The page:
Both Lysander and King Pausanias actions demonstrated their incapability to lead Sparta which consequently resulted in the ineffective leadership of Sparta as hegemon of Greece. Lysander was the dominant figure in Spartan politics presiding the fall of the Athenian Empire in 404 BC, and his and Sparta’s aim was a far as possible to secure Greek hegemony allowing for Spartan Imperial expansion. The ‘anomaly’ of Lysander’s dominance within Sparta’s military and political enterprises, traditionally governed by the Kingships, saw him exploit his foreign policy across the populas of the Aegean much to their discontent “The Spartans reckoned that they themselves, having defeated the Athenians, would now securely dominate the whole of Greece” (Thucydides 8.2.4). Lysander installed a brutal pro-Spartan oligarchy (known as ‘The Thirty Tyrants’) on Athens, reciprocating this system of government in other Greek states in order to suppress prevailing democracies. Installed to govern were pro-Spartan Harmosts, all supported by a garrison of troops who served under the orders of Lysander.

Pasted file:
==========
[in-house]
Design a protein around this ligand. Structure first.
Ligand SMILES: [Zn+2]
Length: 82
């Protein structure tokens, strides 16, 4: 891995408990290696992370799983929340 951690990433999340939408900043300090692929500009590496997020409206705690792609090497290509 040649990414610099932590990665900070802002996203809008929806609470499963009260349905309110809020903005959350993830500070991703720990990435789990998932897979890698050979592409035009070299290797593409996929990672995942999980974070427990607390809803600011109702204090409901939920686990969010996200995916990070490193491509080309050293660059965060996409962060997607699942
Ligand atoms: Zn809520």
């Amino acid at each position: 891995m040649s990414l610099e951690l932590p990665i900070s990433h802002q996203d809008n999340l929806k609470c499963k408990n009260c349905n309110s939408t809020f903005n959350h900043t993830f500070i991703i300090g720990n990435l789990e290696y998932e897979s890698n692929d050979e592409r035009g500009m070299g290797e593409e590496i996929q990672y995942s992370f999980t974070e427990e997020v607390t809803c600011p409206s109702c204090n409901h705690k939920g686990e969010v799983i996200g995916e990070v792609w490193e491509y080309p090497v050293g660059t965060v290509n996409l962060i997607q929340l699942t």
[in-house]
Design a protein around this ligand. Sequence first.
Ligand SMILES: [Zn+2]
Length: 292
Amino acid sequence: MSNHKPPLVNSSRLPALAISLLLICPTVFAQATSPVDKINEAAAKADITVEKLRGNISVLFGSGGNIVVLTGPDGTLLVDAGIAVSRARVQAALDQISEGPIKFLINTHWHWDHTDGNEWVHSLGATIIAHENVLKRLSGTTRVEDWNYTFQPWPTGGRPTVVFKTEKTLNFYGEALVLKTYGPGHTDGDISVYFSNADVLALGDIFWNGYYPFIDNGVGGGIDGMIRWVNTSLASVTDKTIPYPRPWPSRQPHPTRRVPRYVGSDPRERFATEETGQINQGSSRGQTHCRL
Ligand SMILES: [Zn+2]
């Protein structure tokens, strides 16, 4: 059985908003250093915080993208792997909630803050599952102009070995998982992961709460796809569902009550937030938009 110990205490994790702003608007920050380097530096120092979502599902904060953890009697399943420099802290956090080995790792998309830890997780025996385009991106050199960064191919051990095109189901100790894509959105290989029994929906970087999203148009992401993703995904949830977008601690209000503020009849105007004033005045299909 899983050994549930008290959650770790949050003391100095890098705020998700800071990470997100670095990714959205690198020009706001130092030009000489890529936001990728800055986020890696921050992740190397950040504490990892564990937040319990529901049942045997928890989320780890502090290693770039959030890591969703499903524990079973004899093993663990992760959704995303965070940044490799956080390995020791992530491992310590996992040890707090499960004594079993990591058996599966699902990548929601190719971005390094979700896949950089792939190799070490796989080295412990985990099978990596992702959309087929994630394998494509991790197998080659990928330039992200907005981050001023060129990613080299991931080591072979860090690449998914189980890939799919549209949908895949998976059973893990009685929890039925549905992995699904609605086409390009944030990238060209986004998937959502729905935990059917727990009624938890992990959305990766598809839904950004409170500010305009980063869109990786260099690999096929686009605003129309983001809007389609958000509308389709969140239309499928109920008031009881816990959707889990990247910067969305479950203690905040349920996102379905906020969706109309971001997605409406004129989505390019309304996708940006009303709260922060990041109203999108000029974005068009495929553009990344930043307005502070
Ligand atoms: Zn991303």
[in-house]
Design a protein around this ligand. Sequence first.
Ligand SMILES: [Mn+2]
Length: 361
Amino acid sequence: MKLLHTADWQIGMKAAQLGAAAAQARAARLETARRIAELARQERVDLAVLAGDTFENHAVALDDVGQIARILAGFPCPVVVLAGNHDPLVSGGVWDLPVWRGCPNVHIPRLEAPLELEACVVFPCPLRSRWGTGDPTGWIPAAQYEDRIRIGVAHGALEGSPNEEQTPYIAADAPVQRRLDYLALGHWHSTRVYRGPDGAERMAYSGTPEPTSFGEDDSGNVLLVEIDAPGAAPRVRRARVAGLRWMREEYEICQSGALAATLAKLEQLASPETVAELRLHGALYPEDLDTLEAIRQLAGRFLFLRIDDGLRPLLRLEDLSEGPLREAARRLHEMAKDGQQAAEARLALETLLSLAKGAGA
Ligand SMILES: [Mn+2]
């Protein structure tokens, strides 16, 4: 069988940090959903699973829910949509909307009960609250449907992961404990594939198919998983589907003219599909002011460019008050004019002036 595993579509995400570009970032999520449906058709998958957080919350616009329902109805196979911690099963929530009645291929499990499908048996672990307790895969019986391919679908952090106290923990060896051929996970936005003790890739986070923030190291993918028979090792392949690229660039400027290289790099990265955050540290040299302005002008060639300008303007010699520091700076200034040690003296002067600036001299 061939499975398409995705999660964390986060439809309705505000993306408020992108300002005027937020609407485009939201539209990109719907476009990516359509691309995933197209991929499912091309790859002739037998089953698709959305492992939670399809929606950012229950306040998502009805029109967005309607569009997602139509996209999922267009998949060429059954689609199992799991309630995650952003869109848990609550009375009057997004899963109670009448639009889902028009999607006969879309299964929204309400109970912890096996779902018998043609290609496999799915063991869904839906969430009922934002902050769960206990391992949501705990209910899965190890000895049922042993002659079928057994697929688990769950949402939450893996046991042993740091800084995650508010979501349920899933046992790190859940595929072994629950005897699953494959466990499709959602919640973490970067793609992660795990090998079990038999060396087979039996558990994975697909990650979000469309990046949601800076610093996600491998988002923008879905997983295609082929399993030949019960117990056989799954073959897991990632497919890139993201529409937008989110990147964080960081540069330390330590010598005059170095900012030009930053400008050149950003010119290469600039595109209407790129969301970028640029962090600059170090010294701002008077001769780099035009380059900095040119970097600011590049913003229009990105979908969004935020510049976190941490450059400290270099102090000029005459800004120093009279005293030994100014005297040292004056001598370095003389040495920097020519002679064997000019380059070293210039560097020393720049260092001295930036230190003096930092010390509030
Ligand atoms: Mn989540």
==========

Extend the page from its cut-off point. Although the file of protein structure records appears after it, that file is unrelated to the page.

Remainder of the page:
Ionian Revolt Assess the significance of the Ionian Revolt. The Ionian Revolt may be considered one of the monumental moments which eventually acted as a catalyst for the Persian War. Thus, the significance of the Ionian Revolt may also be described as crucial. Some would argue that although the Ionian Revolt had some weight in sparking the Persian War, it was ultimately inevitable because of the expansion of the Persian Empire. The significance of the Ionian Revolt also dictated and contributed to the course of other battles that followed the revolt due to the new discoveries the states made of their opposing armies.
Assess the contribution of speeches in Thucydides’ work. Thucydides’ introduces his work by presenting it as a “history of the war fought against each other by the Peloponnesians and the Athenians”. However his work was not a simple narrative of the events that unfolded, Thucydides wanted his work to be judged as useful because he believed that history repeats itself. He wrote his work largely to explain the fall of the Athenian empire. Thucydides’ work, however, was not simply a book written about Athens as the protagonist which was defeated by its foolish over-ambition, he wrote about the Athenians and Spartans with similar objectivity, acknowledging both their weaknesses and virtues.